England cannae dae it, 'Cos they didnae qualify!

          2. Anonymous Coward
            Anonymous Coward

            Re: Good luck on that one.

            "Another case of us subsidising you lot down south (Crossrail, HS2, etc, etc...)"

            Aye, that's right, with your high volume, high earning, tax paying northern population, generating all that income...

            Oh, wait a sec....

            1. Calum Morrison

              Re: Good luck on that one.

              "Aye, that's right, with your high volume, high earning, tax paying northern population, generating all that income..."

              To reuse an old canard, even if you discount all the income we're creating from oil because it gets lumped into UK revenues rather than Scottish, the cash we get from the UK is then clawed back to pay for so-called "infrastructure" projects as HS2 (a line that will stop 200 miles south of us), Crossrail (a line that starts and stops 400 miles south of us) and a third runway for Heathrow (a road that will drain even more from us). Remind me how much you lot are paying for the new Forth Crossing (the what, I hear you ask?). Ah fuck it, you subsidise us and that's all we ever need to know.

        3. Tom 38 Silver badge

          Re: Good luck on that one.

          So, why can't we have our international games shown live on free telly in England?

          Firstly, for the important ones, you can. It is only friendlies which Sky have the license to. 6N or WC is FTA.

          Secondly, the reason you can't watch them is because your union decided to sell the rights to Murdoch.

        4. Cynic_999 Silver badge

          Re: Good luck on that one.

          I don't understand your argument at all. There are many international events that don't get broadcast *at all*, let alone on FTA telly. Why should an international football match be more important than an international chess match, international synchronised swimming contest or the World aerobatic championship?

      2. Anonymous Coward
        Anonymous Coward

        Re: Good luck on that one.

        "match the sports industry's costs"

        "match the sports industry's demands "

        Fixed

      3. Mister Justin

        Re: Good luck on that one.

        "Why not? I don't want to pay for sport that I don't watch, so I'm quite happy that it is available to you via subscription services."

        Oh, this old canard. Isn't this what every "individualist" complains about wrt taxes? "Oh, I don't use public schools, I shouldn't pay." "I don't drive, so I shouldn't pay for roads." "I don't take the bus, why do I pay for transit taxes?" etc etc etc.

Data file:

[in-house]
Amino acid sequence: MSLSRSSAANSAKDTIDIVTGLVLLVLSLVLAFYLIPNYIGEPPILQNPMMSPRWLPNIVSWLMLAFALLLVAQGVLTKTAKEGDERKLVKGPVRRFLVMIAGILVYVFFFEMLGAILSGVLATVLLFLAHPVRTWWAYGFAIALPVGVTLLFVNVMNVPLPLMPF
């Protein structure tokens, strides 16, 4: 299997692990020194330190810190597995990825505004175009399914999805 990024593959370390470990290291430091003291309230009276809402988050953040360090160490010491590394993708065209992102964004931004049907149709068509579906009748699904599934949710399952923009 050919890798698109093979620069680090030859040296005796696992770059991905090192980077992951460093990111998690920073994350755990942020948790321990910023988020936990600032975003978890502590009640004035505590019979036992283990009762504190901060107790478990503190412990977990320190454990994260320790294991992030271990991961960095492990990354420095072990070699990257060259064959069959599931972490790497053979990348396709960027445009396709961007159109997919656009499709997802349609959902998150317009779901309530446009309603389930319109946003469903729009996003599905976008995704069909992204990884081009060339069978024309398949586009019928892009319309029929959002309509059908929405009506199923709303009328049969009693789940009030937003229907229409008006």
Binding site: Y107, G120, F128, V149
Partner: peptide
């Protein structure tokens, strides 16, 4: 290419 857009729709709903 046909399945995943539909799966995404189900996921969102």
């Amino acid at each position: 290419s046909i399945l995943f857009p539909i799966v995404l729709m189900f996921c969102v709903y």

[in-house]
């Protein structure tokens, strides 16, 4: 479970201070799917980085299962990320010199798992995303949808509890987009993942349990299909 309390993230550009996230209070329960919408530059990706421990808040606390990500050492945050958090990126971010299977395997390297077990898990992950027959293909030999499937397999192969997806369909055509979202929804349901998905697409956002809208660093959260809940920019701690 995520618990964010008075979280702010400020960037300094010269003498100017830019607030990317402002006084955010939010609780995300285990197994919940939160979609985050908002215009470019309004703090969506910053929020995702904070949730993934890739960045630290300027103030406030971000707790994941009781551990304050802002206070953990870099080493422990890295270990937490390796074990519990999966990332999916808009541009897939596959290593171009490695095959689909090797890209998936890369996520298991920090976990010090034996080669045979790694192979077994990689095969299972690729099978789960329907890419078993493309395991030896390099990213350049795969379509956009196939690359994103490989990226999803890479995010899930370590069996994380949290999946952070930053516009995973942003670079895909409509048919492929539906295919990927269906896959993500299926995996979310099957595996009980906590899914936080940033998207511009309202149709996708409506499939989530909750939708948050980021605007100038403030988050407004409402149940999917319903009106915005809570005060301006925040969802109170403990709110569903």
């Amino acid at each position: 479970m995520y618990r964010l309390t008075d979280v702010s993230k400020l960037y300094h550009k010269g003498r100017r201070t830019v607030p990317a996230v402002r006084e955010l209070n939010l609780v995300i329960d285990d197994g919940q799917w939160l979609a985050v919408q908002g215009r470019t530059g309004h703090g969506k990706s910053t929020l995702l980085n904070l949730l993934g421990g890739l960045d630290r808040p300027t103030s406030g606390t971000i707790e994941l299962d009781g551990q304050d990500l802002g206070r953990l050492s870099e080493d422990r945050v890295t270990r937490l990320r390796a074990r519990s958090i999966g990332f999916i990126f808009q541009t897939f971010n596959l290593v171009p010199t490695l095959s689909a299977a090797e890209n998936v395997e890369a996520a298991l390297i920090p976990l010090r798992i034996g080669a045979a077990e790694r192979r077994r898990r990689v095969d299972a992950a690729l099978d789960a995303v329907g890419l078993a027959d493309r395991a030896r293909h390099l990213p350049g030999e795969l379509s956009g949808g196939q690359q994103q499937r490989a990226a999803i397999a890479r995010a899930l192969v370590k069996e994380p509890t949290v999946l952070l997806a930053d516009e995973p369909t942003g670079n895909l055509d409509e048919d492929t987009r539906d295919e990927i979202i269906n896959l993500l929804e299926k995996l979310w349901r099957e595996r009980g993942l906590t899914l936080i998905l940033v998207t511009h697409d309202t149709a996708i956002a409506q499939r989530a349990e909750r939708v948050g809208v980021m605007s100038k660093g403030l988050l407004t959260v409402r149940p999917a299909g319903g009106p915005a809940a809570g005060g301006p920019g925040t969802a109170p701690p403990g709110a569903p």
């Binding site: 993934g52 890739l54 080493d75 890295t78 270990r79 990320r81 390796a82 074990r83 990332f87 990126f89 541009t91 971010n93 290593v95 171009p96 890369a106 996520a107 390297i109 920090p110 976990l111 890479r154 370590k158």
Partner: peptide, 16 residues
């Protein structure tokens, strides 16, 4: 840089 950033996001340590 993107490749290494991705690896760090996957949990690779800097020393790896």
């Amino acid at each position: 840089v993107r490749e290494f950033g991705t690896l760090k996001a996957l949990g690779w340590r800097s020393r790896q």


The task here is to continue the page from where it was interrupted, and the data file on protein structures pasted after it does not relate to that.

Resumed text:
If there is a tax / levy / whatevs charged on a public good, you should have access to it regardless of your location. If Mr Robot pays Estonian taxes which are hoovered up by the EU and broadcast freedom is part of it, why should he NOT have his access regardless of his location in the EU?

        Granted, Football is nowhere NEAR as important and public infrastructure / services, but if there is a payment from the populace to the rights-owners via any government levy, then geolocation blocking is just another "tax" on the use of said service and should be repealed.

        1. Anonymous Coward
          Anonymous Coward

          Re: Good luck on that one.@ Mister Justin

          "Oh, this old canard. Isn't this what every "individualist" complains about wrt taxes? "

          This is called a straw man, and is a popular argument of the hard of thinking.

          The rights do not belong to government to assign, because they aren't paying for the industry. It's paid for by sponsors and advertisers, and to a lesser extent fans. It is owned (often) by foreign oligarchs, and it's their collective choice as to who they sell the rights to. Geolocation blocking is a legitimate way of maximising the property rights of the owners, in exactly the same way that luxury goods makers are legally allowed to block grey imports. I'm particularly impressed at your bizarre logic that says "if there is a tax on a good, you should have access to it regardless of your location". What are you smoking?

          You might not like the outcome, but you must be particularly stupid if you think that it is the place of government to demand that you have access to FTA premier league football.

          1. Mister Justin

            Re: Good luck on that one.@ Mister Justin

            ""if there is a tax on a good, you should have access to it regardless of your location". What are you smoking?"

            My point is that in common marketplace, if you pay a tax on a service, and that service is part of the common marketplace, you should have access to said service within that marketplace.